Harbinger Leader Insights: Let Go of Perfection
Harbinger Leader Insights discusses various decision-making subjects that can result in a failure or success of a transformation or change project. Siri Maldonado, Director Marketing & Communications, highlights the importance of letting go of perfection in leadership positions to drive efficiencies and lead their teams to drive change.
It’s no secret that change initiatives take a long time, and within this time frame many unforeseen changes also take place like changes to leadership or project sponsors. Changes in leadership for a business transformation can happen for many reasons – the individual may have decided to move on to a new opportunity externally, they may be needed for other internal projects, the project requirements may have changed, and the list goes on.
In a perfect world, the leadership change would have a minimal impact on the progress of the transformation. Unfortunately, this often isn’t the case and while there are various factors contributing to this, an important piece does involve how the new leader manages and guides the team. In my opinion, the best way to do this is to ‘let go of perfection’.
How does one do this do you ask?
You can start by acknowledging the pain of the past. The people that have been living it want and will appreciate your candor. Giving them anything less will only cause distrust which will be hard to turnaround. They know exactly what’s been happening and want you to be genuine and transparent in what you share with them. This will also help to build trust which is critical during times of change.
What’s more, confront the skepticism. This is a natural part of the change curve for people, especially if a project has been drawn out or there have been several changes in project leadership. Use this as an opportunity to work collaboratively with the team to address the issues head on by finding solutions or revisiting the project scope. Once this is completed, it’s important to regularly ask for feedback and complete a pulse check to ensure you are progressing well against the plan.
It’s also important to be visible. Start with town halls or huddle tours by introducing yourself and hearing from the people on the ground. This is a great way to develop relationships and gain that trust. Another great way to embed yourself within the business is to do job shadows where you’ll get firsthand look into what it’s like for other members of the team. This will demonstrate your commitment to gaining a stronger understanding of the ins and outs of the new project you are leading, helping you make sound decisions when needed. It also helps to combat the “they have no idea what my job entails” comments which we’ve heard time and time again.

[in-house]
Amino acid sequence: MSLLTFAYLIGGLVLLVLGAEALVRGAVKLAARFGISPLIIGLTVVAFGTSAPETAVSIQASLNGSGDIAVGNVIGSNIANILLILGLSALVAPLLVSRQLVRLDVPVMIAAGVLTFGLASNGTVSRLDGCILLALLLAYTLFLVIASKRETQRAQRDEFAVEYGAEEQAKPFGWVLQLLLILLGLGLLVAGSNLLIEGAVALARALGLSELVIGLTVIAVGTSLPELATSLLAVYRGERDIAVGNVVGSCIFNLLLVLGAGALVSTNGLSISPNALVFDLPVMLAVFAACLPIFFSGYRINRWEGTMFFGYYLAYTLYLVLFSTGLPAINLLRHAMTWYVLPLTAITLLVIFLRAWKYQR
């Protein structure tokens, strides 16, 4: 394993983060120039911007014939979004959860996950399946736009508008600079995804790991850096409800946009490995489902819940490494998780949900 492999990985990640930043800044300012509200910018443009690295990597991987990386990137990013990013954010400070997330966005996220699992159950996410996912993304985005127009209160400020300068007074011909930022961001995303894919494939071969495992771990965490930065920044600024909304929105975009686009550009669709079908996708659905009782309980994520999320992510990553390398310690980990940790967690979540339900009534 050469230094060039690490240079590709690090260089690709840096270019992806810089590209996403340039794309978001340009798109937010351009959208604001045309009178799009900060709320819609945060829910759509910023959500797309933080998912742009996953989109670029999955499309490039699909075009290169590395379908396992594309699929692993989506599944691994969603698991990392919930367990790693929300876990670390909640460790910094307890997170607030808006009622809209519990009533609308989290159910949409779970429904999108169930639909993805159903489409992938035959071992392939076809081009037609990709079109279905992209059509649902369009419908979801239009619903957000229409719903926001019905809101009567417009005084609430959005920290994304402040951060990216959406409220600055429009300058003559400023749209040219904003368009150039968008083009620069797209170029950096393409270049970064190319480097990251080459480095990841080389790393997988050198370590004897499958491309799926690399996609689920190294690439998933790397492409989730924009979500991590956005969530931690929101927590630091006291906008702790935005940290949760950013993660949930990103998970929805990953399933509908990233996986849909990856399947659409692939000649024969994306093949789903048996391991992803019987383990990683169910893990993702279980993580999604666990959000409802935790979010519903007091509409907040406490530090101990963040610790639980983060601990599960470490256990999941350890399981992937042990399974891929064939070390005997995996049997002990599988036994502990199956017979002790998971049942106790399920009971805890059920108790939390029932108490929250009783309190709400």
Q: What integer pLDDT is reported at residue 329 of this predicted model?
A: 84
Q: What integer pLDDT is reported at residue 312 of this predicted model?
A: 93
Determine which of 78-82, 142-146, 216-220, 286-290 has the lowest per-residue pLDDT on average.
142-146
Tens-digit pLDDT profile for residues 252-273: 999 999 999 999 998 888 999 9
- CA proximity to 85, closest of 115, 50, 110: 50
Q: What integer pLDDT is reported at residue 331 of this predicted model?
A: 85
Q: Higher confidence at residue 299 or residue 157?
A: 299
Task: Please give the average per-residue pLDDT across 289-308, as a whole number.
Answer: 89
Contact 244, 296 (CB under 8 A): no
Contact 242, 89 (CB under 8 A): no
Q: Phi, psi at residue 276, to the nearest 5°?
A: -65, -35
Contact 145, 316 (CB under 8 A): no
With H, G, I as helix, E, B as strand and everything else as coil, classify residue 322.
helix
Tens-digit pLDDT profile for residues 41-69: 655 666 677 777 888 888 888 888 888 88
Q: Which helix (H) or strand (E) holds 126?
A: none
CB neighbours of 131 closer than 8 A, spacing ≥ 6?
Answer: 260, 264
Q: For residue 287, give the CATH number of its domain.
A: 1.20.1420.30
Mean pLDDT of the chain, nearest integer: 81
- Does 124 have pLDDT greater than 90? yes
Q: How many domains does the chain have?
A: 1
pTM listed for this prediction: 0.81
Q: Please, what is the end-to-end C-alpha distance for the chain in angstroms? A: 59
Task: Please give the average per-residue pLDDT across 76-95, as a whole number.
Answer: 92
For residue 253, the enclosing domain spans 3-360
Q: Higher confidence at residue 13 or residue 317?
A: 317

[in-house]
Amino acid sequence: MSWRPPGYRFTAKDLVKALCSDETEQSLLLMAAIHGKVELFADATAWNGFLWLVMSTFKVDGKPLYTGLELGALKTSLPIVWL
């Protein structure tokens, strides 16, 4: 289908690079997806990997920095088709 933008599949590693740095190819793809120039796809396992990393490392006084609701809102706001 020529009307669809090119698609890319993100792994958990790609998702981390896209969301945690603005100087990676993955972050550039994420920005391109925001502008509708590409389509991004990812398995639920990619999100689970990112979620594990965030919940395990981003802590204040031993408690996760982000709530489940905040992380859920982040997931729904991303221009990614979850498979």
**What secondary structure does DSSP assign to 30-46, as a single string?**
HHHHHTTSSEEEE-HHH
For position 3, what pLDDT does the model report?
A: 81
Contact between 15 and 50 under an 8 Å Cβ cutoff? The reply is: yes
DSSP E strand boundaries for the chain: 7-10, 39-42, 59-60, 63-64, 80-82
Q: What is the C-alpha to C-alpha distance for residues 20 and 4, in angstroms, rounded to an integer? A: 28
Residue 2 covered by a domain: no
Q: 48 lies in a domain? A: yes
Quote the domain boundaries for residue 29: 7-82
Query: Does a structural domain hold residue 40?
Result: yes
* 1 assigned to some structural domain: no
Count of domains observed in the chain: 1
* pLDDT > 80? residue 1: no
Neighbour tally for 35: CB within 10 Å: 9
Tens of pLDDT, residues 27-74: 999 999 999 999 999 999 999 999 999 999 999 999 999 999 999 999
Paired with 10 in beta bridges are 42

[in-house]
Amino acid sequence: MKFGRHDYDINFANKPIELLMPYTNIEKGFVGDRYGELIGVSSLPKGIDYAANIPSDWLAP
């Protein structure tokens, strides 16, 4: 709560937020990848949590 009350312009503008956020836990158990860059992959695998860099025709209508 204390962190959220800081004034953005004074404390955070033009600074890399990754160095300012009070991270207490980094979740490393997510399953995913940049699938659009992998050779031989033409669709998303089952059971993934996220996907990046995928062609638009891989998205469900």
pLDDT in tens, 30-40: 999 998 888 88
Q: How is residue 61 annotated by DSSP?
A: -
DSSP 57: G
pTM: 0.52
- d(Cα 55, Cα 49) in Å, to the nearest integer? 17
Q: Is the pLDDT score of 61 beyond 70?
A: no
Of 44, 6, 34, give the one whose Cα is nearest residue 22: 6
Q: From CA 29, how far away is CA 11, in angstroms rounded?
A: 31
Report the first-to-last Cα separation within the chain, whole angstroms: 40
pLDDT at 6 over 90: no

Employees also appreciate leaders that are human. Contrary to popular belief…ahem Krista…we are not all robots! Humans make mistakes, have lives outside of work and are flawed. Share your past experiences from companies or teams you have worked with to demonstrate that mistakes are acceptable, however it’s important to find ways to move forward. When working with leaders, I have always advised to let people have a peek into your personal life – don’t be afraid to share what you’ve done over the weekend or stories about your pets. Let people understand your path to success hasn’t always been perfect and explain how you have learned from your past experiences to get where you are today. Allowing others into your life beyond work lets people know that you are more than just their leader and can go incredibly far in driving engagement. I would however caution that there must be a fine balance here. Leaders should not overshare and be conscious of the fact that they are there to manage people through the change and to do this there needs to be a level of authority and respect.
Additionally, we know as a leader it can also be hard to accept help. I know this isn’t easy, but the most successful leaders are able to delegate and achieve success through collaboration. Leverage the skillset of the members on your team to give yourself the space to make the tough calls and decisions to move the project forward. What’s more is that accepting help is especially important given the size and pace that change happens today. And if you add the influence of technology which has resulted in the need for decisions to be made faster, leaders simply don’t have the capacity or the time to be in the weeds.
Finally, many business transformations today involve technology. These projects are typically the most costly and are incredibly technical. The good news is that being a strong leader doesn’t require you to be an expert on the system or change. The focus instead should be placed on how you can engage people. Let the experts and tech-savvy individuals do what they do best without interference, make sure you have the right people in the right roles and most importantly keep them inspired.
Being a leader today isn’t what it used to be. People want to be able to connect with their leader, and I truly feel that letting go of perfection helps to establish stronger relationships between employees and leaders. It’s funny how much things have evolved. Perfection is not seen in the same light anymore, in fact diversity and failures are now celebrated. Many of the most successful companies and leaders have embraced this shift. It’s now time for others to follow suit.
Siri Maldonado Director of Marketing & Communications Toronto